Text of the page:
Since this is such a hot topic I ask friends to tell me one thing they LOVE about being a military spouse.  Here are some of their answers:

I love the lifelong friendships that I make at each duty station. ~ Crystal
That my husband is a bad ass. He would be anyway, but seeing him in camo with a gun. Mmm. He's hot! ~ Tori
I love the moving...not all the glasses I unpack...I love the friendships...I love the opportunities...dear Lord I could go
on.... ~ Suzy
I lived in the same town until I was 29 and I LOVE moving! Knowing there's a new adventure ahead every 2 or 3 years keeps me sane! ~ Carey-Leigh
I love the travel, our lifestyle, the power as a spouse that we discover as we grow (separations), we can move anywhere and convert a shack into a home, our kids talk about countries we visit not parks so much....I can go on
:) ~ Carmen
I love the moving and adventures of living in a new town. Each time we get orders I get excited to GOOGLE our new place and find exciting things to do...I love being proud of my husband and the sacrifices he makes for our family and Country. And...I love making new friends that become your family! Being from Fort Benning...I love the pride that a Military Community shows toward the USA! ~ Tracy
I love that no matter where I go, the "Sisterhood" goes with me. :) ~ LeAnn
I love that it shows you how much you really love your spouse. I think people throw marriages away every day...but when the love of your life leaves the country to go get shot at, you realize how much he means to you. And you realize how strong you are. Being in the Army has strengthened our marriage more than anything else could have. ~ Peggy
I like that it forces me out of my comfort zone, so I can be all I can be and I'm NOT in the Army! ~ Rachale
I love the adventure and the wonderful people I meet along the way! ~ Cyndi
The people I get to meet! ♥  ~ Becky
I love all the amazing friendships I have made. No matter what happens in your life, these are the women that will be by your side in a minute. ~ Michelle
The challenges we have daily aren't the obstacles so many perceive hem to be....the challenges are like a good spice blend, testing us and challenging us to think outside of the box! It's a blessing! And I would agree about all the
hubby things and the girlfriend "sisterhood." We've learned it truly isn't goodbye but until we meet again... ~ Roxanne B
I have the biggest family with homes all over the world! ~ Roxanne S
And to be fair I ask them what they dislike about being military spouse:
The waiting.... I love having my hunny by me. And I know it is his duty to go where they send him...I just hate
the wait (will always wait for him) but i hate that time more than anything. fear of the unknown i guess. ~ Loretta (Her hubby is about to do a 1 year unaccompanied - that is right, she can't go-  tour to Korea)
I've found those people that I want to be old and senile with, but they live all over the flippin globe.  How the hell am I going to get to all those patios? ~ Jefanna
Having to say good-bye, even thou it's short term because I know there is a Hello! on the other end! ~ Roxanne
Coming across a spouse who wears her husband rank! ~ Wanda
When non-military people forget that there are still people in war zones fighting or in danger, finding a new hair person/church every time we move, leaving good friends behind, developing new allergies, trying to hang the dang curtain rods in cheap dry wall... ~ Rachel
incessantly having to start over . . . and wives that complain the longest and the loudest, but when it comes down to it, they have NO clue what they are talking about . . . ~ Allison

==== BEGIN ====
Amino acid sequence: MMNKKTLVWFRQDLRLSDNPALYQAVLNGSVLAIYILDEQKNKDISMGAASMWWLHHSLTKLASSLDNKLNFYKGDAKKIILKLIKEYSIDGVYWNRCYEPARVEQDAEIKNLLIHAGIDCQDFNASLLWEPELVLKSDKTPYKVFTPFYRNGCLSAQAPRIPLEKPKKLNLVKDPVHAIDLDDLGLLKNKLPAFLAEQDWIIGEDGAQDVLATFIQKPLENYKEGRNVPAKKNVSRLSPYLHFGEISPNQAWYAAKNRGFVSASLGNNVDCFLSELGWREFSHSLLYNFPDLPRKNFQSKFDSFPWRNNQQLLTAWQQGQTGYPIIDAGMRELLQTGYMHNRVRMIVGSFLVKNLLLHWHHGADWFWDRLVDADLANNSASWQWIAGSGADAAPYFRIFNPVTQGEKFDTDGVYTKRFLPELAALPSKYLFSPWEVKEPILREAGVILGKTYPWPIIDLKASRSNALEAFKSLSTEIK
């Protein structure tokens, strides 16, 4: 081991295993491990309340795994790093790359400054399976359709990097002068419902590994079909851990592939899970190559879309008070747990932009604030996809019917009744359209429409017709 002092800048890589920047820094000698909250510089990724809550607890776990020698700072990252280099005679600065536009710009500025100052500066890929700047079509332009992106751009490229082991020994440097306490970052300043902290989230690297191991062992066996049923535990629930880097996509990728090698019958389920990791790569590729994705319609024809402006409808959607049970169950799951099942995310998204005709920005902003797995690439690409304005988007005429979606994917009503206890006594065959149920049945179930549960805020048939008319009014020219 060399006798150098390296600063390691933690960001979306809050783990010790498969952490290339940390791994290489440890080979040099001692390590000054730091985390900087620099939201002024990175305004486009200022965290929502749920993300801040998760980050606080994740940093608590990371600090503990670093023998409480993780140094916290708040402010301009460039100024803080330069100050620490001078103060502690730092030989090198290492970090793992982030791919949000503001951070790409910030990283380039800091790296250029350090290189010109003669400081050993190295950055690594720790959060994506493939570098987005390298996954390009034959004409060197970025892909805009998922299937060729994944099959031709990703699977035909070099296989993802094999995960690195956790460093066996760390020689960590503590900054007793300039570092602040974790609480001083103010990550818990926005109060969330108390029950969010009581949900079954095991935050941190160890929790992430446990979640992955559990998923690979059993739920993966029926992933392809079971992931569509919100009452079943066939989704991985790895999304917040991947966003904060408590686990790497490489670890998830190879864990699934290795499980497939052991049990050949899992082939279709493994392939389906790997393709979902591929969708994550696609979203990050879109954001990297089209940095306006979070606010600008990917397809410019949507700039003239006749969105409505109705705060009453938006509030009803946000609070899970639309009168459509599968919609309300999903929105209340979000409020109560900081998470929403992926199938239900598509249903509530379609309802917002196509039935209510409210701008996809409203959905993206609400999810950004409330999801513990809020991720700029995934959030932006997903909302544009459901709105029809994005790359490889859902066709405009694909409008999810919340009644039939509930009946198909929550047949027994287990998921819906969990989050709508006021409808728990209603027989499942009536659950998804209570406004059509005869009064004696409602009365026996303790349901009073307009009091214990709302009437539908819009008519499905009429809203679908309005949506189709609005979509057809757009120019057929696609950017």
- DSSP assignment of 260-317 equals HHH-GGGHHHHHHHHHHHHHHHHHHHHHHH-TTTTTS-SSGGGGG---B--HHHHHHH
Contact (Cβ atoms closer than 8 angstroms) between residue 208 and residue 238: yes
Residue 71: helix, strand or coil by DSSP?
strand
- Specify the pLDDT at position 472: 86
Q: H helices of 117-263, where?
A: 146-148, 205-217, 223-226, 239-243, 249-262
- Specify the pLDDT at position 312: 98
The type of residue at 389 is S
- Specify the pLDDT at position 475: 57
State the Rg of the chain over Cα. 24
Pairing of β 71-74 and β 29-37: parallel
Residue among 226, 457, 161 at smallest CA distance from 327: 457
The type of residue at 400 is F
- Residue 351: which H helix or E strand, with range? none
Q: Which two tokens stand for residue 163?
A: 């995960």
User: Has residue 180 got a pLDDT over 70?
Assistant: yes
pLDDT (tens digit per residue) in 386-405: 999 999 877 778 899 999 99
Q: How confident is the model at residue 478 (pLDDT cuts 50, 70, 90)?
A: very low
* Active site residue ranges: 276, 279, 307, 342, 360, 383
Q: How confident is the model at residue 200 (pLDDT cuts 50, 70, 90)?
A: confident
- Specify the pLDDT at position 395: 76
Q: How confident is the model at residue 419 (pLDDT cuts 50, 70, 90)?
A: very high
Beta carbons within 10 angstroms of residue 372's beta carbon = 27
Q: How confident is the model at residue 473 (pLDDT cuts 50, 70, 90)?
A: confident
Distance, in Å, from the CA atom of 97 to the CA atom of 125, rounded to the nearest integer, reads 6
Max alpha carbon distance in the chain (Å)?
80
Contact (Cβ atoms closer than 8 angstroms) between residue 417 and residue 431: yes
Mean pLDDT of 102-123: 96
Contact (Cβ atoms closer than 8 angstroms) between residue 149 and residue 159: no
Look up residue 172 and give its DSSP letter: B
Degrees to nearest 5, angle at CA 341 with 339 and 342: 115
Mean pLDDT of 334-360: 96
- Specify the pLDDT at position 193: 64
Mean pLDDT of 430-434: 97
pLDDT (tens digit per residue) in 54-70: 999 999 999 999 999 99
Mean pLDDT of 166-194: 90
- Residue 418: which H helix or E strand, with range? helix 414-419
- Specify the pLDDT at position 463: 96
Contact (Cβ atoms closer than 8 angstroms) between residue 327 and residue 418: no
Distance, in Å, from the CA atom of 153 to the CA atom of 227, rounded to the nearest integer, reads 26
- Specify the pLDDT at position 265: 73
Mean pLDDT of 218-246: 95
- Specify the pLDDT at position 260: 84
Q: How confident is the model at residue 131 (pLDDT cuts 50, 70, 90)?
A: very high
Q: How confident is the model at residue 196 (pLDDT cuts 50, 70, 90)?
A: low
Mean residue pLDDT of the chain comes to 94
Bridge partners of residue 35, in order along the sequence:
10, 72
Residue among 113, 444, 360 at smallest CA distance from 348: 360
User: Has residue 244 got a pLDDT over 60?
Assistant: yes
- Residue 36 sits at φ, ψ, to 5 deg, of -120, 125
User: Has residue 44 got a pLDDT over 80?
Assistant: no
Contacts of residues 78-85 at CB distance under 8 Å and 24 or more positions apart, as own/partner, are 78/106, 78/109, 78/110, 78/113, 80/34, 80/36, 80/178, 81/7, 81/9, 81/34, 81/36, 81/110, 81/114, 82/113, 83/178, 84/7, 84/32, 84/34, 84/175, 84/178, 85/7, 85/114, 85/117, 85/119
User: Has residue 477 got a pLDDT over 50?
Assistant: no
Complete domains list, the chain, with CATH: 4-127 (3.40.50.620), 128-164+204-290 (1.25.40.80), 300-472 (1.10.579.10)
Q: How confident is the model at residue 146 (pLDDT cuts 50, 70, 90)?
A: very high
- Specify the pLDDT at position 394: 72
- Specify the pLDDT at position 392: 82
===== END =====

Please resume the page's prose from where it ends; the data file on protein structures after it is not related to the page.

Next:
Deployments. Having to leave good friends. ~ Becky
Moving to a place that I don't like or a place that is not on "MY" list of places to live. ~ Beverly
Unpacking glasses, hoping my boys are okay, missing fun friends....and leaving ideal weather.........the large amounts of money, that is not reimbursable to start up a new home.....condiments, some dinners out, cleaning supplies, etc...... ~ Suzy
‎"knowing" where you're PCSing next, only to have it ripped away and somewhere completely different given to you...not that that's happened to me of course..... LOL...and we always seem to find the city's BEST pizza about 3 weeks before we move...how does this consistantly happen??? ~ Cara 
Wondering...will this be a door to door move or....will I actually have a house when we get there....hoping the school system isn't a complete failure....please tell me there's a whole foods or Trader Joes near by.....will I like my neighbor.....one more house with suck as* carpet.... ~ Nancy
Unpacking, saying good-bye, and dealing with your kids heartaches due to leaving friends behind--so hard! ~ Kelly
Curtains...I have 2 boxes of them! I just want uniform WINDOWS...is that so much to ask? ~ Jamie
Having to much furniture or not enough furniture depending upon the house that we are moving to, leaving friends, finding a good dentist and hair stylist, and having to interview for a new job (I really hate this part!). ~ Jane
My kids having to leave their friends is harder for me then leaving my own, routine changes, having to find quality athletic/sports for my kids to participate in (good gym for gymnastics, soccer league, piano teacher), shopping locations and feeling like the first day in high school when you size up who you will pal with:)  ~ Carmen

So, as you see, this military life isn't so bad, and as for me, I wouldn't change a thing...wait scratch that....I wouldn't change much about it....

2/14/2012 05:17:28 am

Awesome, Trish!

2/14/2012 05:17:52 am

Yep, I would say one of your BEST!

2/14/2012 05:28:53 am

This is awesome Trish! You should start publishing some of your Blogs. : )

Laura J
2/14/2012 05:31:13 am

amazing as always!

2/14/2012 05:44:13 am

Love reading your blog, you are one awesome lady, incredible mom, loving wife and fabulous friend! Happy Valentines Day Trish xo

2/14/2012 05:54:41 am

Loved it!!

2/14/2012 02:04:26 pm

This is so interesting for me to read from your (and your contributors') points of view, since this is how I grew up - four different countries, 11 moves by the time I graduated from high school (I attended 3), no real permanent home except wherever my parents were living. I wouldn't trade it for anything in the world, either. In fact, DH (also a military brat) and I both jumped at the chance to move to Korea specifically because we both felt like our kids had somehow missed out by only living in one country (although we lived in three very different states) while growing up. I'll have to send this post to my mom and my mother-in-law, who were career military wives. Thanks!

Erin R.
2/14/2012 11:31:39 pm

everything that you wrote is so true! We live in the DC area and the one thing I truly miss is my sisterhood of wives, I miss my husband being in a unit :(